Falls occur in approximately 70% to 80% of elderly PWD,12,13 which is approximately twice the fall prevalence in those without dementia.14 Moreover, PWD are more likely to incur serious injuries from falls,14 making falls the leading cause of their hospitalizations.15 Furthermore, PWD who experience falls are 5 times more likely to be institutionalized than PWD who do not experience a fall.16 Thus, it is critical to develop interventions to prevent falls from occurring, monitor patients, and provide prompt medical response to address the situation should a fall occur.

LEGSys and BalanSens. Two of the most common causes of falls are gait and balance disturbances.13 Recent technological developments enable clinicians to conveniently assess gait and balance in elderly patients and take proactive measures to prevent falls. LEGSys and BalanSens are portable gait and balance evaluation systems, respectively. Studies have shown that these wearable technologies are viable alternatives to camera-based motion analysis in determining center of mass trajectory.17 Whereas camera-based motion analysis requires a laboratory setup, LEGSys and BalanSens enable clinicians to perform comprehensive gait and balance assessments in virtually any space, including a patient’s home, and automatically generate a detailed fall risk and balance assessment. With these technologies, clinicians can make prompt assessments and recommendations to keep patients safe in their home. Other portable motion analysis technologies include Physilog and MotionNode.

QMedic. When falls do occur, it is important to provide emergency services promptly. QMedic is a medical alert service worn as a simple wristband or pendant with an emergency button that alerts a 24/7 call center when pressed. A 2-way communication base station allows a nurse triage and care management team to communicate with the user and determine the appropriate course of action. QMedic also detects subtle deviances from the user’s baseline sleep and activity levels, at which point the call center is notified to determine whether an intervention is needed. QMedic is waterproof and has a battery life of 2 years. The simplicity and low maintenance of the device may have contributed to the finding that QMedic users are 3 times more likely to wear the device 24/7 than users of traditional medical alert services.18 GreatCall Lively Wearable is another medical alert service that can be connected via Bluetooth to the user’s smartphone.

Existing wearable technologies, like Apple’s market-leading smartwatch, have many of the same and some additional technological capabilities compared with the QMedic and GreatCall Lively devices. Given its open software development platform and robust App Store, the Apple Watch presents new possibilities for software developers to create innovative solutions for PWD and their caregivers using existing, stylish, and stigma-free wearable technologies. For example, hardware such as the Apple Watch or the Samsung Gear S3 can be tailored through the use of apps to address issues such as fall prevention and wandering.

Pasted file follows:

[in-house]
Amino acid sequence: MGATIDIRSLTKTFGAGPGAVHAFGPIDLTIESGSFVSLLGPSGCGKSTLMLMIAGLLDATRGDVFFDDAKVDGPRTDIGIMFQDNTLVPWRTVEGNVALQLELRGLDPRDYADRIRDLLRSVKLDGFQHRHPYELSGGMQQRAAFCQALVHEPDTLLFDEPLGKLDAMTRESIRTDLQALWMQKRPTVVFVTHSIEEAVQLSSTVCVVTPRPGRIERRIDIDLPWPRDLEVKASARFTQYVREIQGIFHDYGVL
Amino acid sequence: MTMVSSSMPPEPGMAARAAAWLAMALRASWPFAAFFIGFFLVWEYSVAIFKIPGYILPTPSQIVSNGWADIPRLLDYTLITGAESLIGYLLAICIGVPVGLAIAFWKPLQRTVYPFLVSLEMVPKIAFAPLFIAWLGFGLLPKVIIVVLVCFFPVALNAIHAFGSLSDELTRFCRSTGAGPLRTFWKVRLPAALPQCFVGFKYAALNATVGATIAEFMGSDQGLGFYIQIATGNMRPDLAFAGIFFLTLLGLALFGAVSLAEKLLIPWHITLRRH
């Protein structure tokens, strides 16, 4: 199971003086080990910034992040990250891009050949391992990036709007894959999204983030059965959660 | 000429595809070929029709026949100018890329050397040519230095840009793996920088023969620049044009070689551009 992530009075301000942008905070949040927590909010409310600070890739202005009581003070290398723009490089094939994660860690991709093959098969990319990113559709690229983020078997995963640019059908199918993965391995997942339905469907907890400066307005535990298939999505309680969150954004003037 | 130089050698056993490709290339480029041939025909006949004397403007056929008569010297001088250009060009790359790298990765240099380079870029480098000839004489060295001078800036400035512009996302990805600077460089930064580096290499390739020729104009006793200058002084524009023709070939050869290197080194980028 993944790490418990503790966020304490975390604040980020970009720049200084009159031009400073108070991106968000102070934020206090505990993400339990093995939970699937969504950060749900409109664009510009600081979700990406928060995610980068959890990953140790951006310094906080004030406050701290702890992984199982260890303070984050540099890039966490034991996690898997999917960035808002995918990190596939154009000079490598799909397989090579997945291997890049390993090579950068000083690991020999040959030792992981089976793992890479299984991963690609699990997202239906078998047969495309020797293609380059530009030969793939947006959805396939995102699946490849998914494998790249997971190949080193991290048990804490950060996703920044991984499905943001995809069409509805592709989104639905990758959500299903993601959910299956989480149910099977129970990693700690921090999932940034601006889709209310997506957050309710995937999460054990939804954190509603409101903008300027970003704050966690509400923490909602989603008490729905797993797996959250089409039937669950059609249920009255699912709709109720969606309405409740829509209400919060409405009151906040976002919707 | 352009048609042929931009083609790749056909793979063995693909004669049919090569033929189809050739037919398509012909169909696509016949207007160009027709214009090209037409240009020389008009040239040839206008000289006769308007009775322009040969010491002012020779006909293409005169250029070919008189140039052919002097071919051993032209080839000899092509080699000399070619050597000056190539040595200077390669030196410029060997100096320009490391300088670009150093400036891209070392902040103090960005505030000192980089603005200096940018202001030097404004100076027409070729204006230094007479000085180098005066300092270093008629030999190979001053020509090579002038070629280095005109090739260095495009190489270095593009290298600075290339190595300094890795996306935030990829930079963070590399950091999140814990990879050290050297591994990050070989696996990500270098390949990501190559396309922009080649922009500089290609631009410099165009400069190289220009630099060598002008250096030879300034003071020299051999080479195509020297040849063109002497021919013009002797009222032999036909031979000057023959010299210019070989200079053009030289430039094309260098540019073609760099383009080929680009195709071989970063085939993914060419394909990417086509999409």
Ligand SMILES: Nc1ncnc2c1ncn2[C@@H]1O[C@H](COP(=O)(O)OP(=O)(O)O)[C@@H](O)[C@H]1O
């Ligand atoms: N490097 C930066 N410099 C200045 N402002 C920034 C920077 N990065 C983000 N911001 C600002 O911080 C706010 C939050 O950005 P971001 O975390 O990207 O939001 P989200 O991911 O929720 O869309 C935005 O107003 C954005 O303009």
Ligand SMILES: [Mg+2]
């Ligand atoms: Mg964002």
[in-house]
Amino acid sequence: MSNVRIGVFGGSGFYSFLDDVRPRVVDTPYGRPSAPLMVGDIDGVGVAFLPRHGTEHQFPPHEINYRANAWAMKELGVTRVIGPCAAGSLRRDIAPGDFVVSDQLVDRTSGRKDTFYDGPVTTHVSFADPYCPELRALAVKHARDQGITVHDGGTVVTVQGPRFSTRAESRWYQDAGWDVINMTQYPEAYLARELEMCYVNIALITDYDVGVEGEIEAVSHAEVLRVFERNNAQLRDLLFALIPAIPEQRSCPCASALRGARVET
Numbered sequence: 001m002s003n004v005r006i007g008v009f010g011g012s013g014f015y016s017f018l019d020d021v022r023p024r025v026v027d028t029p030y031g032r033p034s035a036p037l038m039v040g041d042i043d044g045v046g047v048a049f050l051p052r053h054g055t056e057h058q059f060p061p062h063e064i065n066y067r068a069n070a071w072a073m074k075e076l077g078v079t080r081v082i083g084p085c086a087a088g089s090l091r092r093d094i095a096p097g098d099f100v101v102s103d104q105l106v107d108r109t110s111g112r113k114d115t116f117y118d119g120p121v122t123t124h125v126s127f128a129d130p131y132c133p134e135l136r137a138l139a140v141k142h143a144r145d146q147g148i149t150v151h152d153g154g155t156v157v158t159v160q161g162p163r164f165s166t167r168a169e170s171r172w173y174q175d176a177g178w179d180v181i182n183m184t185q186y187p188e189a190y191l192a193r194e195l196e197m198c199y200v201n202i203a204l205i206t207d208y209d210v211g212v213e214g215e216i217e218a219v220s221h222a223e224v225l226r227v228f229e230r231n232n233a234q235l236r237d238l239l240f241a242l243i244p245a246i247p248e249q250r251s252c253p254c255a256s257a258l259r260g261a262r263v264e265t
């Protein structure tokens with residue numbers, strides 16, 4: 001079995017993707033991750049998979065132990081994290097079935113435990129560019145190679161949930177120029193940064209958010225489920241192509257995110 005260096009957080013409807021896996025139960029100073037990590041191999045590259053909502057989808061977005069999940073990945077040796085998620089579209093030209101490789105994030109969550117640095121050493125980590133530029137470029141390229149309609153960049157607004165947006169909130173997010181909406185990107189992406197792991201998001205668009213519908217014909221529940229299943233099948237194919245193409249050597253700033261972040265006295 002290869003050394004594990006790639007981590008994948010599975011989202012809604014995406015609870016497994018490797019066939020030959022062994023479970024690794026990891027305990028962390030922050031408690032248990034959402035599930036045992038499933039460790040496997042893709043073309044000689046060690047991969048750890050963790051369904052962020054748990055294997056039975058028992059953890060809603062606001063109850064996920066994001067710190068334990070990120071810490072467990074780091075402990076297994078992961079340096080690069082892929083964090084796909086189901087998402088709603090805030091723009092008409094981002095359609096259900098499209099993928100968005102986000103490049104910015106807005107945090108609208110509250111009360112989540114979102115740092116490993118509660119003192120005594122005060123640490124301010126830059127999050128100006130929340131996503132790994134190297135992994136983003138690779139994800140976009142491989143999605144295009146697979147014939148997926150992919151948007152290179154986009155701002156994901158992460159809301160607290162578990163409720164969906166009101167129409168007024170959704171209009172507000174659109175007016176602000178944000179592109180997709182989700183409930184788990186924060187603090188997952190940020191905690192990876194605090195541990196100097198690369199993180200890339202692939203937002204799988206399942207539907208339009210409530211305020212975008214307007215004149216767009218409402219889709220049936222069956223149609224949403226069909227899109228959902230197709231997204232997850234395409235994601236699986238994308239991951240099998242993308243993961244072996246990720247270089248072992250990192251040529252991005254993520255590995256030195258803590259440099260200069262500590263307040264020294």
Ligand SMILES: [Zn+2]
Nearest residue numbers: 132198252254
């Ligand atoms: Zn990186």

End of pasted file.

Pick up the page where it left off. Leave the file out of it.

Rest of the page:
CleverCare. This device is an example of a smartwatch specifically configured to help those with dementia and other memory impairments. CleverCare uses Global Positioning System (GPS) and cellular technology to monitor the user’s location. Medication and task reminders can be customized to trigger alerts at appropriate times of the day. CleverCare offers a Carer’s Dashboard through which caregivers can set important reminders, track their loved one’s location and movement, and define “Safety” and “Danger” zones so that they can be notified if unwanted movement occurs. Additionally, if the user presses and holds any of the buttons on the watch, the user will be connected with a 24/7 emergency response call center where a responder will speak to the user through the watch and determine the appropriate course of action.

Wandering Prevention

Wandering is a common behavior in PWD which can threaten their health and safety. Although there is not one universal definition for wandering, it generally refers to a frequent, repetitive, and disordered locomotive behavior that manifests in lapping, random, or pacing patterns, which sometimes results in leaving home and getting lost.19 It has been estimated that about 20% of PWD wander.20 However, studies suggest that this prevalence increases in people with severe dementia and in community-residing patients with dementia.21 Studies have shown that wandering behavior often leads to adverse health outcomes, such as injury,22 malnutrition,23 sleep disturbance,24 social isolation,25 and earlier institutionalization.26 By utilizing digital health technology to closely monitor PWD who are prone to wandering, caregivers may help keep their loved ones safe while also enabling their independence for as long as possible.

GPS SmartSole. This device is a sole insert for shoes that uses GPS and cellular technology to monitor users. It checks the user’s location every 10 minutes and updates the location data in an app on a caregiver’s smartphone. Caregivers can designate geozones, and when the GPS SmartSole enters or exits these geozones, alerts will be sent to the caregivers via e-mail or text message. GPS SmartSole also offers a “Concierge Monitoring Service,” which, in the case of an emergency, can assist caregivers to locate the user and notify emergency services.